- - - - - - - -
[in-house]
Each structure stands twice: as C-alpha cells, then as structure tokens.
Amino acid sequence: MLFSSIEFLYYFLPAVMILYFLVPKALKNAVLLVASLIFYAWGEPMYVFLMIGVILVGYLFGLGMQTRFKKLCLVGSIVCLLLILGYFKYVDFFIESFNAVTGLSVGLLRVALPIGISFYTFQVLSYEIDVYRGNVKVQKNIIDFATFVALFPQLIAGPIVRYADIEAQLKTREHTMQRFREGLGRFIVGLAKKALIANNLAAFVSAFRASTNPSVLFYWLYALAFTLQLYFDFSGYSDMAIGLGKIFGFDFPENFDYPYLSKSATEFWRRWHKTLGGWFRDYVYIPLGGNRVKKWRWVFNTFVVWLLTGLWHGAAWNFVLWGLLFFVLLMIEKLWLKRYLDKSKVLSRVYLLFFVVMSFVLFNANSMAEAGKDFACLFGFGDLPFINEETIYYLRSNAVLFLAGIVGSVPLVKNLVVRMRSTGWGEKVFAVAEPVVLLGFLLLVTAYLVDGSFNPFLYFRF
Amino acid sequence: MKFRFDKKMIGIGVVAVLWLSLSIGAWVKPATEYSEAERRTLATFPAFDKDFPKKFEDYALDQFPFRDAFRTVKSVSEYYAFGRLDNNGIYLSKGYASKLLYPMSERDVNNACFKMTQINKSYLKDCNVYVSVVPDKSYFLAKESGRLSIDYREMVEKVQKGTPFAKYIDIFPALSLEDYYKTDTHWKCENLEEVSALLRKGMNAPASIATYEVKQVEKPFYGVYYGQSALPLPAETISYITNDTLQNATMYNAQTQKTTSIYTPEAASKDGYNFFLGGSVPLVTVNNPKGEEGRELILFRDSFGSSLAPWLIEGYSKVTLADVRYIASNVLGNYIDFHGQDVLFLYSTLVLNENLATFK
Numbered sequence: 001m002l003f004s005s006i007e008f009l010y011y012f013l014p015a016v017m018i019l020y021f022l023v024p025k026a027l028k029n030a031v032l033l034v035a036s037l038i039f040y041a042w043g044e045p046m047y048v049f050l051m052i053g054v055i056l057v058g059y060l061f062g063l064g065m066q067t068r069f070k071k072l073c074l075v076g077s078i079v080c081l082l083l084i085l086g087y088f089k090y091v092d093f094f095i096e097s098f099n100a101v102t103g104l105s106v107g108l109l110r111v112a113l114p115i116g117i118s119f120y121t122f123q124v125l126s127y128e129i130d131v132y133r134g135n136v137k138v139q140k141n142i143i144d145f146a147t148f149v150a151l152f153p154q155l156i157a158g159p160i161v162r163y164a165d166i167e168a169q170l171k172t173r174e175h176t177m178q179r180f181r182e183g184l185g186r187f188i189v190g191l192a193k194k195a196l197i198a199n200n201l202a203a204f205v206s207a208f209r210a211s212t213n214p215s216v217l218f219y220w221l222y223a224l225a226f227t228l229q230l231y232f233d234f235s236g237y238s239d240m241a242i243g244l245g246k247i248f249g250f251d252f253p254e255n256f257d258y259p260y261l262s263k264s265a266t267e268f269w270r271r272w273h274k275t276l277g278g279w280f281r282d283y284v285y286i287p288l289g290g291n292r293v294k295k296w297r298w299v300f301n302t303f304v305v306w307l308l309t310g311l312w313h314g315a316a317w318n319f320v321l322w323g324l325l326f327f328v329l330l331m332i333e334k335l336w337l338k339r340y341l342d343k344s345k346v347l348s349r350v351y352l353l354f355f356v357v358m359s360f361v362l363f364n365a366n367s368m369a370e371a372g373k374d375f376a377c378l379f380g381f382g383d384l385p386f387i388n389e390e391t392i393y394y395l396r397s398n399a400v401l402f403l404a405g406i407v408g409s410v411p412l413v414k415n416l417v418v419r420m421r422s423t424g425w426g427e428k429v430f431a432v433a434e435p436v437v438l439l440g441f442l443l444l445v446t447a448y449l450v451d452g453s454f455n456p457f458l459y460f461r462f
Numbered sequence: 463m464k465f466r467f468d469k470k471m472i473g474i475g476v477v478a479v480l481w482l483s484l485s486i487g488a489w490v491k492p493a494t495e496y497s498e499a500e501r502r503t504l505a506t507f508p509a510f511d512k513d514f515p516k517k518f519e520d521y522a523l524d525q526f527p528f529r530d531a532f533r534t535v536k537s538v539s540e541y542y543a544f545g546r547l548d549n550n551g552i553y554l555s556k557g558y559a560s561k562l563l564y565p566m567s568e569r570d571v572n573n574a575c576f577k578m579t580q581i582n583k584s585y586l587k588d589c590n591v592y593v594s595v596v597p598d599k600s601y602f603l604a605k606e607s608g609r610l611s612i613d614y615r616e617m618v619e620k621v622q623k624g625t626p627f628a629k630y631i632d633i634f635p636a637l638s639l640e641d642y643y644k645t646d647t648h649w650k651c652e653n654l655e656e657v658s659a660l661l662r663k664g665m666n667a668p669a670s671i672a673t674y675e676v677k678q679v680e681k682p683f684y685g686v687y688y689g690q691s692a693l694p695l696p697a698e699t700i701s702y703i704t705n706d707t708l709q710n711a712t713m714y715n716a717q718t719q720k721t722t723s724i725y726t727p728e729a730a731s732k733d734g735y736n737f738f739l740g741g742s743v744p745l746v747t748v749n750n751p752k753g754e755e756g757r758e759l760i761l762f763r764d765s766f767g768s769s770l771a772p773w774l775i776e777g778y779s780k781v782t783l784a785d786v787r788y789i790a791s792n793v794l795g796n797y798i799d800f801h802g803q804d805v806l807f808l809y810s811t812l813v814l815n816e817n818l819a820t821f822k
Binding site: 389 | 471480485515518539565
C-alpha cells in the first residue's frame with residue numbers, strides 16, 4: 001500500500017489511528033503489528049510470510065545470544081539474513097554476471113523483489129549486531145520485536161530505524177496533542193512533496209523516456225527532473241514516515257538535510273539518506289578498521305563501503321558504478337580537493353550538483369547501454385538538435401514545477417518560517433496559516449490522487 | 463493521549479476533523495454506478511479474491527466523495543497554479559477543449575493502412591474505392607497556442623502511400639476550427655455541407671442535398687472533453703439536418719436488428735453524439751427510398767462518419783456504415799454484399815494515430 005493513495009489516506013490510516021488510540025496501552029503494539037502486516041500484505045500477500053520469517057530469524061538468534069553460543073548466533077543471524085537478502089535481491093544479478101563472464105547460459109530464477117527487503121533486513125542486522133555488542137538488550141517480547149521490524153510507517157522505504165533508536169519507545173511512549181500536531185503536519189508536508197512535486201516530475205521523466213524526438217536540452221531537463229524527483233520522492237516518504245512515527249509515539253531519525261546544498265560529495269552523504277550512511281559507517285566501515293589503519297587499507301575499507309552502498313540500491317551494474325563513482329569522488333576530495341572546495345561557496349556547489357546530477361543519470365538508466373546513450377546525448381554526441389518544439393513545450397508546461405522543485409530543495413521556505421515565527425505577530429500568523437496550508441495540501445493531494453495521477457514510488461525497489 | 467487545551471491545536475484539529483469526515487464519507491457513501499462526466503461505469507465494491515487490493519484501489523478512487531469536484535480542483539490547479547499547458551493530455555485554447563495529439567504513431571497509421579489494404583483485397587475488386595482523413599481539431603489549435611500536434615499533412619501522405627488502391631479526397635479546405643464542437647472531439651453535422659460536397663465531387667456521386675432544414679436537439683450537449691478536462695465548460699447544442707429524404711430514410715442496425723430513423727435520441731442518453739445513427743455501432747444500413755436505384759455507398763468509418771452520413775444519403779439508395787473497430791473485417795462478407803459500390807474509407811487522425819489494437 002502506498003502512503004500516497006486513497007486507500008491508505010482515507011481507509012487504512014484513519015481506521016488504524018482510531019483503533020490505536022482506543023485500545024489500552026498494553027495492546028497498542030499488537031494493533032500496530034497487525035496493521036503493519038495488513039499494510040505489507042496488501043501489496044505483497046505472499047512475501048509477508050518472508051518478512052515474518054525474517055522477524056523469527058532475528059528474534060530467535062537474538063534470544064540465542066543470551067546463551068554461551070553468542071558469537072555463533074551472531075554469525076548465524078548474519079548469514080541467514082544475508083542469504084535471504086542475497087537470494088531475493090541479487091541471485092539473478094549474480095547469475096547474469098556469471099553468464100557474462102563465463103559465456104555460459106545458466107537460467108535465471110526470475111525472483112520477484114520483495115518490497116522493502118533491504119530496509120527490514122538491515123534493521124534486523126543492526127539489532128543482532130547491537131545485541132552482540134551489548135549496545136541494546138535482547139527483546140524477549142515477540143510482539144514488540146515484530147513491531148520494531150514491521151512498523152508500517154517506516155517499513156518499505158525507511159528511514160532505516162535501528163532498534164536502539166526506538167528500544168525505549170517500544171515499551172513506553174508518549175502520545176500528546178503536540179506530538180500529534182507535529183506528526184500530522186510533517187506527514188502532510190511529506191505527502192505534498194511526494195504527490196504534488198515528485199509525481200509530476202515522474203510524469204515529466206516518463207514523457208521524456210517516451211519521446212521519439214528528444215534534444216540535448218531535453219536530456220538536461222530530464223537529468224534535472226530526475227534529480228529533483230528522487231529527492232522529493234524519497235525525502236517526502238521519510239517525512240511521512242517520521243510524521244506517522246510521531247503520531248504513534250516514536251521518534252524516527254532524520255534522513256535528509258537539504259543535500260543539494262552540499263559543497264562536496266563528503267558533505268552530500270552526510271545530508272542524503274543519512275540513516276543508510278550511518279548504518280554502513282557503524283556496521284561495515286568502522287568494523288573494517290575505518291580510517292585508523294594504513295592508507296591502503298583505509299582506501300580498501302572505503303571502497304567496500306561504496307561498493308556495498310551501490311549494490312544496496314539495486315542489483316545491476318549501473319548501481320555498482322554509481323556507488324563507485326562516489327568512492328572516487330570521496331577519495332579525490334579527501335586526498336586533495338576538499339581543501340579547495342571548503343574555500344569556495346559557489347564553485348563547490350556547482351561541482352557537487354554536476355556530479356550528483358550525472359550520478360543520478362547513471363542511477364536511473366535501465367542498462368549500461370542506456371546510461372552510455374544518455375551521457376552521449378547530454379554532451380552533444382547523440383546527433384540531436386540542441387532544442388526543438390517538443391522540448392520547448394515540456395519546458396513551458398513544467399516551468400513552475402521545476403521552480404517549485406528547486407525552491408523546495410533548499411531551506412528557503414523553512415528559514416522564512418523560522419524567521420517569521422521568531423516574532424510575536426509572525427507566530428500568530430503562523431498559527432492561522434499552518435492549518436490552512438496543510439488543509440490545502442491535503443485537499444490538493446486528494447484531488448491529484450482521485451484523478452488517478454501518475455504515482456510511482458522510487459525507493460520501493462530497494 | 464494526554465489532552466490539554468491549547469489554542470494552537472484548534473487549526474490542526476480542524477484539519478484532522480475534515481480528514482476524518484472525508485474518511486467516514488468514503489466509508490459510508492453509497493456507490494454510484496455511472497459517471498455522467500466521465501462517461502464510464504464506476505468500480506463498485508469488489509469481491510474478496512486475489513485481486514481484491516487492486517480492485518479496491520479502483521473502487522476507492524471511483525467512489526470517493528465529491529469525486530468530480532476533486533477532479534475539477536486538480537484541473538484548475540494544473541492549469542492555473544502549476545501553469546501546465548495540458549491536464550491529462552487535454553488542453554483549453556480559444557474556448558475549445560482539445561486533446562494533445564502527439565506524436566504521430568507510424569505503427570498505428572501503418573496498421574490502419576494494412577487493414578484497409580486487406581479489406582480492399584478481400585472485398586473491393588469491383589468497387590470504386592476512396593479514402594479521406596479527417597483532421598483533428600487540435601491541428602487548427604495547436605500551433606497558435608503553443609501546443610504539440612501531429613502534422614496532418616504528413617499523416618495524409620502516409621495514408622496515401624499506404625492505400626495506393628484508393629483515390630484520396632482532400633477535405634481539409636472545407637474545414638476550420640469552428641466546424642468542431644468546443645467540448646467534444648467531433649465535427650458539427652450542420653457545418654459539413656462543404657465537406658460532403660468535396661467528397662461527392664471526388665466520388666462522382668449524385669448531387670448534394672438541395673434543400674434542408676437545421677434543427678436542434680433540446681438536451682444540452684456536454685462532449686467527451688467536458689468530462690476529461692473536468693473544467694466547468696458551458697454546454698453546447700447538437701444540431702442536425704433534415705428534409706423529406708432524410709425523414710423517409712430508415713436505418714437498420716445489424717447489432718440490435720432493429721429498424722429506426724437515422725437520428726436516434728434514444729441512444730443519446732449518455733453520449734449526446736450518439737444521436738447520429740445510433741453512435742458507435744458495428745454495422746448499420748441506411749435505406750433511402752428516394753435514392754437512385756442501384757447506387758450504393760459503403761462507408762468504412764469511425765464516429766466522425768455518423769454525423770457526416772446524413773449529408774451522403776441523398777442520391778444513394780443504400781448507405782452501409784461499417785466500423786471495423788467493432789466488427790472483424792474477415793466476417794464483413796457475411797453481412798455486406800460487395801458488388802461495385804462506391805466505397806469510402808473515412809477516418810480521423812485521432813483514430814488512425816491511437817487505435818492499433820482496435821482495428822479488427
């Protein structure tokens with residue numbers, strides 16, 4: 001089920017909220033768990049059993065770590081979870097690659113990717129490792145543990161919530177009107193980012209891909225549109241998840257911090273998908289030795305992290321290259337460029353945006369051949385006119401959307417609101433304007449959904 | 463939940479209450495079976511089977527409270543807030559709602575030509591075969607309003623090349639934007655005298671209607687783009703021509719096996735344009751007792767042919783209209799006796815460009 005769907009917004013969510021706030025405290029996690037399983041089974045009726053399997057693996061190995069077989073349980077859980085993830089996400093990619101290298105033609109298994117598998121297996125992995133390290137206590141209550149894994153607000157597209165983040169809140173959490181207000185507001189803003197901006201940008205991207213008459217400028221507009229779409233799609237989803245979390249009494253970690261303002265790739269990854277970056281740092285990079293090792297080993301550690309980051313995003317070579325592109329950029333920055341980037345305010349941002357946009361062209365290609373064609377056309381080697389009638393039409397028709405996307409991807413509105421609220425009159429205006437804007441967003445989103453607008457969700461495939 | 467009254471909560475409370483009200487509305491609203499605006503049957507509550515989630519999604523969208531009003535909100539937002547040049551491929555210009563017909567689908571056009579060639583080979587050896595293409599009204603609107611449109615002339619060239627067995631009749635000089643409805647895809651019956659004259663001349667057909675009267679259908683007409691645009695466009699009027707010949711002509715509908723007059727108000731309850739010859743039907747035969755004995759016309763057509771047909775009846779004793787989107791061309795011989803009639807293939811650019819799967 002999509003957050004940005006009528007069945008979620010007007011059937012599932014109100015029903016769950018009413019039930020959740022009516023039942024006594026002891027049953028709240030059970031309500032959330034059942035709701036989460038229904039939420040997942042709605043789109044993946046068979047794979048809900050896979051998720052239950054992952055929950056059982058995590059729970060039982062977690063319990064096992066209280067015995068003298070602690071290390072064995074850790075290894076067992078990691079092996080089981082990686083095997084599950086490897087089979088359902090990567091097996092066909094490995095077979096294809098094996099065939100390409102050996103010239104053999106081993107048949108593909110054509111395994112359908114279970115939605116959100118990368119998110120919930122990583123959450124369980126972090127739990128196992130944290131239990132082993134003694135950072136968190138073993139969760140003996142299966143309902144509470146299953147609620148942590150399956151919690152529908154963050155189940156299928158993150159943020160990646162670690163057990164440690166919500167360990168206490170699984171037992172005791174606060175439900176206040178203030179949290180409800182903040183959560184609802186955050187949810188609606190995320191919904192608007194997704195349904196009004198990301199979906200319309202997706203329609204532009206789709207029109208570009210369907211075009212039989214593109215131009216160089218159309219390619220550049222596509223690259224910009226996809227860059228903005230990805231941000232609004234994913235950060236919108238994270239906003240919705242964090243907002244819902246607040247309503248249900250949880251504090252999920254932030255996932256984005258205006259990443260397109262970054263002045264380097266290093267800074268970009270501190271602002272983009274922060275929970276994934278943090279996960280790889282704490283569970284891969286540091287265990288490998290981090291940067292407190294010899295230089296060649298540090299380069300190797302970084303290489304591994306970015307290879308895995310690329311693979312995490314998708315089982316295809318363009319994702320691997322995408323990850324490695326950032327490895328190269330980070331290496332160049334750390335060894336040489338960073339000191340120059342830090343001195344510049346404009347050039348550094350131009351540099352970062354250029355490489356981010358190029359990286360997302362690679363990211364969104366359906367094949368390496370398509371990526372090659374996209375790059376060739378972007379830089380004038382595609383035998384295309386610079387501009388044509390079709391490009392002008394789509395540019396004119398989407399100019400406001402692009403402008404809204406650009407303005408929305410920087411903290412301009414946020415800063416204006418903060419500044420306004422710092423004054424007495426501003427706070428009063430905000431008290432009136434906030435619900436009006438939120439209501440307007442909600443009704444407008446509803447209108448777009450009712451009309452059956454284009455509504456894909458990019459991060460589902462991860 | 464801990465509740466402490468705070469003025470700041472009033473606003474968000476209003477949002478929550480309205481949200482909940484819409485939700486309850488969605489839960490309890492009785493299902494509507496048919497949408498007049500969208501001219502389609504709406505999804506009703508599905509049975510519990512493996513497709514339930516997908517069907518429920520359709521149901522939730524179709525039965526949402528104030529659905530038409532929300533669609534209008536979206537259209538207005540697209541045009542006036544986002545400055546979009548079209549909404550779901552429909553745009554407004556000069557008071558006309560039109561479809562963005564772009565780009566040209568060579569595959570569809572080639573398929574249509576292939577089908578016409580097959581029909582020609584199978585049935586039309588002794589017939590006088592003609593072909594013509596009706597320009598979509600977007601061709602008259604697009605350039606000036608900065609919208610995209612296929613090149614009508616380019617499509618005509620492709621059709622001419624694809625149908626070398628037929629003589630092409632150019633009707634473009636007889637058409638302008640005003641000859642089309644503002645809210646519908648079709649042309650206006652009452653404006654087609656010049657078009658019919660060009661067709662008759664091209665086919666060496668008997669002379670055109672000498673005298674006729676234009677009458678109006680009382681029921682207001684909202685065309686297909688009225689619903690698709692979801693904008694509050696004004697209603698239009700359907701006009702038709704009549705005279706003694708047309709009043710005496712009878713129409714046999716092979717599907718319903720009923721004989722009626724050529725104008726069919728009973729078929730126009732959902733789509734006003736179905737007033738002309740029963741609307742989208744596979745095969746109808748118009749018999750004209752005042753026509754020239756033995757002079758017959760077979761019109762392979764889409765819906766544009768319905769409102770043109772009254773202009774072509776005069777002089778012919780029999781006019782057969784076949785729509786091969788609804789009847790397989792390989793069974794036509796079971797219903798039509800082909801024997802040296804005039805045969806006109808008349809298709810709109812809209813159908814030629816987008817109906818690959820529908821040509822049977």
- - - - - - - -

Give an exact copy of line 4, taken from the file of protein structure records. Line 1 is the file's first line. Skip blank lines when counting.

Amino acid sequence: MKFRFDKKMIGIGVVAVLWLSLSIGAWVKPATEYSEAERRTLATFPAFDKDFPKKFEDYALDQFPFRDAFRTVKSVSEYYAFGRLDNNGIYLSKGYASKLLYPMSERDVNNACFKMTQINKSYLKDCNVYVSVVPDKSYFLAKESGRLSIDYREMVEKVQKGTPFAKYIDIFPALSLEDYYKTDTHWKCENLEEVSALLRKGMNAPASIATYEVKQVEKPFYGVYYGQSALPLPAETISYITNDTLQNATMYNAQTQKTTSIYTPEAASKDGYNFFLGGSVPLVTVNNPKGEEGRELILFRDSFGSSLAPWLIEGYSKVTLADVRYIASNVLGNYIDFHGQDVLFLYSTLVLNENLATFK